We found that Presenilin1 was also expressed at low levels in U87 and U251 cell lines, so we accumulated approximately 10-fold more cells than the general protocol to extract whole cell protein for western blot detection. In addition, we used lentivirus infection to upregulate and downregulate Presenilin1 in U87 and U251 cells. The western blotting results showed that the expression of Presenilin1 protein was decreased approximately 90% by Sh-PS1 and increased 1.5-fold by Lv-PS1 compared to the control (Fig. 1f & Additional file 1: Figure S1B).

Presenilin1 represses the growth of glioblastoma cells in vitro

The positive correlation between Presenilin1 and glioma prognosis led us to explore the antitumor function of Presenilin1 in glioblastoma. First, we investigated the role of Presenilin1 in glioma cell growth by CCK-8 assay. As shown in Fig. 2a, Presenilin1 depletion significantly promoted the growth ratio of U87 cells, and the upregulation of Presenilin1 significantly inhibited U87 cell growth. Likewise, the downregulation of Presenilin1 accelerated cell growth, and the upregulation of Presenilin1 decelerated the growth of U251 cells (Fig. 2b). Simultaneously, we performed colony formation assays to detect the effect of Presenilin1 on glioma. The colony number of U87 cells significantly increased when sh-PS1 was transfected, and this number sharply decreased when Lv-PS1 was transfected (Fig. 2c). Similarly, we observed that Presenilin1 negatively regulated the colony formation ability of U251 cells (Fig. 2d). Thus, the above results illustrated that Presenilin1 hindered the cell growth of glioblastoma cells in vitro, which could partly explain the positive relation between Presenilin1 and the prognosis of glioblastoma.

Fig. 2
figure2

a CCK-8 assays were performed in U87 cell when loss- or gain- function of Presenilin1, OD value were detected at day 1,2,3,5 and 7 and were showed as mean ± SD. b U251 cells down- or up-expressed of Presenilin1, then were used for CCK-8 assays to reveal the function of Presenilin1 in U251 cells. c Clone formation of the U87 cells after knockdown or over-expression of Presenilin1, histograms showing the clone formation in each group, Scale bars = 1 cm. d Representative image of clone formation in U251 cells after Sh-Presenilin1 or Lv-Presenilin1 treatment, Scale bars = 1 cm.* p < 0.05,**p < 0.01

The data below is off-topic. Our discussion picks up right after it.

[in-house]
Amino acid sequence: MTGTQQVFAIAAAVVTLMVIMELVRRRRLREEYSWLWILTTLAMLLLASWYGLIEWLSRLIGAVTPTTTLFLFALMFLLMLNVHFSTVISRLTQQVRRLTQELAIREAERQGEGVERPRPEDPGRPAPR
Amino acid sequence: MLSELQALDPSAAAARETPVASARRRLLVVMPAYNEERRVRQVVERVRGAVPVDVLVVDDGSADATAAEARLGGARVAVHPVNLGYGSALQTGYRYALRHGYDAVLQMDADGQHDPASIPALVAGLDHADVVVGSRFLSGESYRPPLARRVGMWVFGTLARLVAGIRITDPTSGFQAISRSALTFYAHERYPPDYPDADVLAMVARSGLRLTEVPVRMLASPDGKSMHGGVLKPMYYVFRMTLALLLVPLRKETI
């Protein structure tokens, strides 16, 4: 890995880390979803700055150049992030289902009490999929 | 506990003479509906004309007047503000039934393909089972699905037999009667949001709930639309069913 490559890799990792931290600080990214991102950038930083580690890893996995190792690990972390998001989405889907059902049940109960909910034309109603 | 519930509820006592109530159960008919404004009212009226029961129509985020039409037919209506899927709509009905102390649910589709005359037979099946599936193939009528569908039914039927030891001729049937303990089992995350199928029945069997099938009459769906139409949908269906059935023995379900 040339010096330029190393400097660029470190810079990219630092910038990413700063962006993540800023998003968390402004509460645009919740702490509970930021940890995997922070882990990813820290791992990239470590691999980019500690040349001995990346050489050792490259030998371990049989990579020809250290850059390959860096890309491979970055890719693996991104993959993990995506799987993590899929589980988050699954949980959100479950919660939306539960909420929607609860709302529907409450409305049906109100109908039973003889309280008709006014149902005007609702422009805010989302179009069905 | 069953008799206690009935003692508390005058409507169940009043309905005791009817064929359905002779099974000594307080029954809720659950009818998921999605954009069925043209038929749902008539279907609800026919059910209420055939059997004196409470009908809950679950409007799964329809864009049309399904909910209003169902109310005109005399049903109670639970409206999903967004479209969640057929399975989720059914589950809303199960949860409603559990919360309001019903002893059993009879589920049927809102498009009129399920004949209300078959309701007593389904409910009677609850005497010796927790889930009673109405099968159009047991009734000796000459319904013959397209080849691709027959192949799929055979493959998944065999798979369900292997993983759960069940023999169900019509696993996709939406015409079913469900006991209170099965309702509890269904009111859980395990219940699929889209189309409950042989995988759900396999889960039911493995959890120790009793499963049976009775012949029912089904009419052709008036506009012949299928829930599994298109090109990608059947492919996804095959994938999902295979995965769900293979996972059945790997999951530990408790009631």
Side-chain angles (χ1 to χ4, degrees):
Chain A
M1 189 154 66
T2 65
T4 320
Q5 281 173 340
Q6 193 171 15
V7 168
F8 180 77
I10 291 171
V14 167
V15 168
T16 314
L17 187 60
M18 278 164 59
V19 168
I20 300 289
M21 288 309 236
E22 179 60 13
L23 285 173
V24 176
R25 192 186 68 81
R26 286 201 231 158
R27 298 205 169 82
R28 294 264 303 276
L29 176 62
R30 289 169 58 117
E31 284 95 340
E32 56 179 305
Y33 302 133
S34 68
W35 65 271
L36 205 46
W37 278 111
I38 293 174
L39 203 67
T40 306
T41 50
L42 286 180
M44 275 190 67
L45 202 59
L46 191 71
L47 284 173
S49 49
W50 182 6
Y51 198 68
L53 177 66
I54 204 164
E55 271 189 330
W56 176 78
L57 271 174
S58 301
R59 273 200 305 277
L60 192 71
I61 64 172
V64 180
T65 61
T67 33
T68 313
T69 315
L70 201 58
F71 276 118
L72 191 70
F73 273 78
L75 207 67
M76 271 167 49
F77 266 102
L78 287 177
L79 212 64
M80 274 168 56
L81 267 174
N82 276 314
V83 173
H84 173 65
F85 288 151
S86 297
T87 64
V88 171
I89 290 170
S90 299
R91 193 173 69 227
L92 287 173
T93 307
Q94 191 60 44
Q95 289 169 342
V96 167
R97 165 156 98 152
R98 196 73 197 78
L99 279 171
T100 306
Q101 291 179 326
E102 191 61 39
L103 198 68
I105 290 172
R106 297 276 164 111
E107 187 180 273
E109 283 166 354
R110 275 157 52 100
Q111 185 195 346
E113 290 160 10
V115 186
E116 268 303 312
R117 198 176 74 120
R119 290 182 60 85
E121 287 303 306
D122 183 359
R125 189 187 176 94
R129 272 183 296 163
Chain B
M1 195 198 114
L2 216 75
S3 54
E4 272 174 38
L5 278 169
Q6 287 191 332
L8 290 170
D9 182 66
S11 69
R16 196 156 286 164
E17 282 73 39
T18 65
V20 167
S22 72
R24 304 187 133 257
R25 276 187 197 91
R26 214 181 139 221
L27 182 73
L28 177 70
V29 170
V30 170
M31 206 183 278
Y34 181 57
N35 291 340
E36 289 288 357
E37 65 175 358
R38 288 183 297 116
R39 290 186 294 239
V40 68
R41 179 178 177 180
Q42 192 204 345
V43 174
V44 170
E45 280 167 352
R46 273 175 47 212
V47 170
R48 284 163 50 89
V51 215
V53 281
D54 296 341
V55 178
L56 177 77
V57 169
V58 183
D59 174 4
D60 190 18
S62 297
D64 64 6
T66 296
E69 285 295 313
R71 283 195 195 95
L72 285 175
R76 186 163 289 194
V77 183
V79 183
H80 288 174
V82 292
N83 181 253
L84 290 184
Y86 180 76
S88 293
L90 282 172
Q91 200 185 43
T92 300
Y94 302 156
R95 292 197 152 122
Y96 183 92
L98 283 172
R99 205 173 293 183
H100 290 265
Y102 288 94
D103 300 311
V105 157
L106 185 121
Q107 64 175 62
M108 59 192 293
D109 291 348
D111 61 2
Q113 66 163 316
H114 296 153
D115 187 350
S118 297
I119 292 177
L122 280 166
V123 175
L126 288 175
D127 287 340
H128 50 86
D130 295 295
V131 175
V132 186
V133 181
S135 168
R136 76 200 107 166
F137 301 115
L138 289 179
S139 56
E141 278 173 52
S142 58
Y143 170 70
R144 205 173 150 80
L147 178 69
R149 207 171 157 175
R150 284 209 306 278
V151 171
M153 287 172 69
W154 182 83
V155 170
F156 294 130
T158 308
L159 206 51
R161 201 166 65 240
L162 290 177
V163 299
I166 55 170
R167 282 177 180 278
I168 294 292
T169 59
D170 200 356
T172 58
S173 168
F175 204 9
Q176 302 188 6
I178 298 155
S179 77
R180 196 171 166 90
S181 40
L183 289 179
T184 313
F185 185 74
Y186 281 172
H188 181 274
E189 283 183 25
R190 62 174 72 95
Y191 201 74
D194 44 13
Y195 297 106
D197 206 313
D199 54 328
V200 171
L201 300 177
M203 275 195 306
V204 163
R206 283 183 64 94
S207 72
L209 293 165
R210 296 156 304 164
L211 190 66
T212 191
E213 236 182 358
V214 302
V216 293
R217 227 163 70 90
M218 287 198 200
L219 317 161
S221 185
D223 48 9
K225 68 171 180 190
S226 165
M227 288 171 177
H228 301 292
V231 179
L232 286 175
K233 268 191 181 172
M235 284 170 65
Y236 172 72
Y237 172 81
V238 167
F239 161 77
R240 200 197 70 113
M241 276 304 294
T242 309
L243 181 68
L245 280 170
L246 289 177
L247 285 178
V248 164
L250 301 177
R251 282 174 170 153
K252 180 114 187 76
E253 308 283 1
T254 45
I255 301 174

Presenilin1 inhibits glioblastoma proliferation by arresting the G1/S phase of the cell cycle in vitro

We observed that Presenilin1 exerted a negative effect on glioblastoma cell growth. To further investigate the underlying mechanism, flow cytometry assays were performed to analyze the changes in the cell cycle after the loss or gain of function of Presenilin1. The results revealed that the overexpression of Presenilin1 arrested the cell cycle at the G1/S phase but did not alter the G2 phase in the U87 and U251 cell lines (Fig. 3a). In contrast, the downregulation of Presenilin1 significantly promoted the cell cycle from the G1 phase to the S phase (Fig. 3b). Additionally, Edu staining showed that the stimulation of Presenilin1 clearly decreased the positive rates of Edu in U87 and U251 cells (Fig. 3c). However, blocking Presenilin1 significantly elevated the positive rate of Edu in U87 and U251 cells (Fig. 3d). Next, we detected the molecules that regulate the G1/S cell cycle and found that the expression of C-myc, CDK6 and cyclin D1 were distinctly decreased with Presenilin1 stimulation. In contrast, the above cell cycle regulators were upregulated after Presenilin1 repression (Fig. 3e). These results revealed that Presenilin1 negatively mediated the progression of the G1/S phase of the cell cycle by repressing the expression of C-myc, CDK6 and cyclin D1.

Fig. 3
figure3

a U87 and U251 cells were over-expressed of Presenilin1, then were used to flow cytometry assays to analyse the cell cycle. Histograms showing the percent of cell at G1, S and G2 phase. b Flow cytometry assays were applied to investigate the influence of down expression of Presenilin1 on cell cycle in U87 and U251 cells. c Edu staining to show the proliferation states of U87 and U251 cells after Presenilin1 were up-regulated, histograms showing the Edu positive cell ratio in each groups, Scale bars = 50um. d Representative Edu images and histograms to show the influence of Presenilin1 repression on glioma proliferation, Scale bars = 50um. e Western-blot assays to show the expression of C-myc, CDK6 and CyclinD1 when Presenilin1 down- or up-regulation in U87and U251 cell. * p < 0.05,** p < 0.01

Presenilin1 negatively regulates Wnt/β-catenin signaling by promoting β-catenin phosphorylation and degradation in glioblastoma